Guest speakers: Professor Bernhard Klein, University of Kent
Professor Rebecca Stott, University of Essex
Humanities Live!: the launch of the Consortium for Humanities and Art in the South East (CHASE)
This event launches CHASE, which brings together academics and doctoral students at The Open University; The Courtauld Institute of Art; Goldsmiths, University of London; and The Universities of East Anglia, Essex, Kent and Sussex to deliver outstanding postgraduate training in arts and humanities across the south-east of England.
This Consortium has a distinctive intellectual ethos and a commitment to putting human creativity and critical thought at the heart of public life. From the archive to the studio, from the classical to the contemporary, we offer an intellectual environment able to foster problem-driven research. This is vital to the understanding of a world shaped by the speed of technological innovation and unprecedented global change. Offering PhD scholars the opportunity to study alongside faculty with established international reputations across the range of disciplines sponsored by the AHRC, we also stress the challenge of imagining new modes of scholarship and new forms of knowledge for the arts and humanities today.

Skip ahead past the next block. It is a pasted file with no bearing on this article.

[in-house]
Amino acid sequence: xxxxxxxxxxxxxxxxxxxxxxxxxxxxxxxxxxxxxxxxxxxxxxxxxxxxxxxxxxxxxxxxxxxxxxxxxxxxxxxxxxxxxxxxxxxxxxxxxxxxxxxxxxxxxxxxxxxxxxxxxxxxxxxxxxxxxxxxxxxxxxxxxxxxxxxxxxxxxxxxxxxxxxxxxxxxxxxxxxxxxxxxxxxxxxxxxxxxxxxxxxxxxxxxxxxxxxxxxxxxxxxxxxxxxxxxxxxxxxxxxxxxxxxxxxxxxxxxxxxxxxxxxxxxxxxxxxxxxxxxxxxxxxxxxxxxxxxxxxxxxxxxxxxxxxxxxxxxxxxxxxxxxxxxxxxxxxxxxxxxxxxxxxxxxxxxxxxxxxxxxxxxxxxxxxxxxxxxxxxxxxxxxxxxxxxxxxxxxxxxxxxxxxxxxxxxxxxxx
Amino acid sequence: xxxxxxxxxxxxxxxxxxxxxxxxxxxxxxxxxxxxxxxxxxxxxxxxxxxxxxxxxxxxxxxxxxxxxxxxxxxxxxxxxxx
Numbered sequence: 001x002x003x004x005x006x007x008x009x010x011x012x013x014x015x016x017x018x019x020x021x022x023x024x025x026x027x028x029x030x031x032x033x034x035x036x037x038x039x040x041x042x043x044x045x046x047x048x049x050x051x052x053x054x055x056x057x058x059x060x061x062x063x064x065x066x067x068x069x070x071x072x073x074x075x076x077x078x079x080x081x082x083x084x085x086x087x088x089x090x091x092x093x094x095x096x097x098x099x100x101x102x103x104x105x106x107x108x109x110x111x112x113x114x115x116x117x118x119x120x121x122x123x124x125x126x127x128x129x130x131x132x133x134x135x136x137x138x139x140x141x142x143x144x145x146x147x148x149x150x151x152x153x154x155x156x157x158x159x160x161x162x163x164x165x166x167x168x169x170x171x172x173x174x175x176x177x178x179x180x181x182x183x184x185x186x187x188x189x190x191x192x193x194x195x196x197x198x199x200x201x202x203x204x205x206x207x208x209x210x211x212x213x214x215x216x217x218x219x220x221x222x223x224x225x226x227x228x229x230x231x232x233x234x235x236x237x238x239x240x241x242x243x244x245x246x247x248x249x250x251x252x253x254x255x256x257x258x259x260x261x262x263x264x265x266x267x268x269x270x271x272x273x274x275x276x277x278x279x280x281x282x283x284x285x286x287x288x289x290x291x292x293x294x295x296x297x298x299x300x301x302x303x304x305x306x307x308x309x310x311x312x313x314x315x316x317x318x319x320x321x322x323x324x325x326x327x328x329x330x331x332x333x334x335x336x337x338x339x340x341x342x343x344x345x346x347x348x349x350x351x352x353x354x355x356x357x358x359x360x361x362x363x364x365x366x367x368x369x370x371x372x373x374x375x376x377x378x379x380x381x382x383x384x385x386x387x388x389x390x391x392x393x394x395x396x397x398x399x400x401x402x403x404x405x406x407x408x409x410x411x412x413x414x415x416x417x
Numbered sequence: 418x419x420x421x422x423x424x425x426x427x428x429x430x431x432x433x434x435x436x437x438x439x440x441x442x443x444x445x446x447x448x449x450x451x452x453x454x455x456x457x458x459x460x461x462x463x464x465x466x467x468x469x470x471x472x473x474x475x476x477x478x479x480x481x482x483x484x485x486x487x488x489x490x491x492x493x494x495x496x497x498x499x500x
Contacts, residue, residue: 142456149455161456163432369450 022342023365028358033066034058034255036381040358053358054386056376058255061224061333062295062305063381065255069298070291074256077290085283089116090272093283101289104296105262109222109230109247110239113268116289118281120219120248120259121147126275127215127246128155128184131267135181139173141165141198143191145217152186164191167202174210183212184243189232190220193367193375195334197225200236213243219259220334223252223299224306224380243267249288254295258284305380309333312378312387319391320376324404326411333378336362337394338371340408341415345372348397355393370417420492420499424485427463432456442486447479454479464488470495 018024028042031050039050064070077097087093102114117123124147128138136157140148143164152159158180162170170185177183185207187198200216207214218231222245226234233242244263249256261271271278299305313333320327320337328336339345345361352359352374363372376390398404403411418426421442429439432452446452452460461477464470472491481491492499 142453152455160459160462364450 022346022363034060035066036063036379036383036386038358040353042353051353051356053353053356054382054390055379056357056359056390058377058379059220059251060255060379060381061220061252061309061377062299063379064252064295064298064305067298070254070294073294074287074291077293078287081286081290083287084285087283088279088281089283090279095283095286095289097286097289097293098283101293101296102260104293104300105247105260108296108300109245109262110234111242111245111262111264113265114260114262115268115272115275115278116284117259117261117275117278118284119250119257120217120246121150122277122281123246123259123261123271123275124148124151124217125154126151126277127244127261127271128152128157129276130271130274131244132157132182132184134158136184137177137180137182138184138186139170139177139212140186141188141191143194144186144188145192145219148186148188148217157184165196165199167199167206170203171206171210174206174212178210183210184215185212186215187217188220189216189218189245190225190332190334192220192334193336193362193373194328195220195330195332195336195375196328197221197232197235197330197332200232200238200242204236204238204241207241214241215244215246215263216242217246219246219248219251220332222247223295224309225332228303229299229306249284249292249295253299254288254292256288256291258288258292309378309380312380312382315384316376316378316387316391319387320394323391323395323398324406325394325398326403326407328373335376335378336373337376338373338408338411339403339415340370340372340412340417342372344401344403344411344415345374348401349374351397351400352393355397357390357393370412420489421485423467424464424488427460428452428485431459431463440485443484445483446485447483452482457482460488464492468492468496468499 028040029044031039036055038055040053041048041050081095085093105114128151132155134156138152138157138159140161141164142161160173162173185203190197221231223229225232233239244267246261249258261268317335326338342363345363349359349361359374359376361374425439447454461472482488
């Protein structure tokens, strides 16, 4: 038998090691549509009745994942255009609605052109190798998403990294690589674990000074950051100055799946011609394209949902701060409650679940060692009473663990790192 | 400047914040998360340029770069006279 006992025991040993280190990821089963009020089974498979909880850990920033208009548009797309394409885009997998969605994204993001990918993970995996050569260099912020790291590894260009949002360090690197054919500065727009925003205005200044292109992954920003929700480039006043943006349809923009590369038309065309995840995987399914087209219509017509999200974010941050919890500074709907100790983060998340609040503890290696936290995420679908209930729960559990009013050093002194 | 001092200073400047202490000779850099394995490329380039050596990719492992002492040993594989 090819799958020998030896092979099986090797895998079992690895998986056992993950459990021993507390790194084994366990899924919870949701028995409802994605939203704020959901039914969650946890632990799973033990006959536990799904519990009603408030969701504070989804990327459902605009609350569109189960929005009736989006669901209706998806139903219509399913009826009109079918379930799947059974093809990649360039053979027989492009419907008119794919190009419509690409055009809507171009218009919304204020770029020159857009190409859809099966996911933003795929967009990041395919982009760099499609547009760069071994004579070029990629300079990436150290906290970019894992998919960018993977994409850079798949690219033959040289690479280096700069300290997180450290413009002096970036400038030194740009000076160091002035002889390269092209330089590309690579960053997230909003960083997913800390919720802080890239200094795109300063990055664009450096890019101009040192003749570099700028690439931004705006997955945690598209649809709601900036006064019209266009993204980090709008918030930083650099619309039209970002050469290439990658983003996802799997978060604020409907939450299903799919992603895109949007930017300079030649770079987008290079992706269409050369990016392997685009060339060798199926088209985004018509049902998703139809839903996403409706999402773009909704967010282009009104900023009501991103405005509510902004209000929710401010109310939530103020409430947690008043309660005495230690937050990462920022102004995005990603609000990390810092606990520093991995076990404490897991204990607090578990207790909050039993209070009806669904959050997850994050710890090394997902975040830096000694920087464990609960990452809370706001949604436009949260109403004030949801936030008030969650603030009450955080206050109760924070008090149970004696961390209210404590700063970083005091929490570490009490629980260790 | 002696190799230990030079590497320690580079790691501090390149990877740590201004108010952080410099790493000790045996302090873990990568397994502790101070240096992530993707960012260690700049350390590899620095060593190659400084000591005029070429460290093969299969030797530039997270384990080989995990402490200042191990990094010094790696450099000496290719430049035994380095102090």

Professor Rebecca Stott (University of East Anglia) experiments with forms of historical fiction and life-writing. Her 2012 book Darwin’s Ghosts is a history of scientific heresy and ideas about the origins of life over 2000 years. She has published extensively on aspects of Victorian science and poetry, and on writers including Joseph Conrad, Virginia Woolf, Tennyson, and Elizabeth Barrett Browning. A regular presenter on BBC radio, she is also the author of two acclaimed historical novels.
Professor Bernhard Klein (University of Kent) writes on early modern literature and culture, Irish studies, and maritime history. His many books include Maps and the Writing of Space in Early Modern England and Ireland and Sea Changes: Historicizing the Ocean (with Gesa Mackenthun). He is a co-founder of the Erasmus Mundus joint doctoral programme Text and Event in Early Modern Europe.
The event will be introduced by Professor Robert Allison, Pro-Vice Chancellor for Research, University of Sussex and Professor Les Back, Dean of the Graduate School, Goldsmiths, University of London.
A Reception Follows
RSVP to arts-REST@open.ac.uk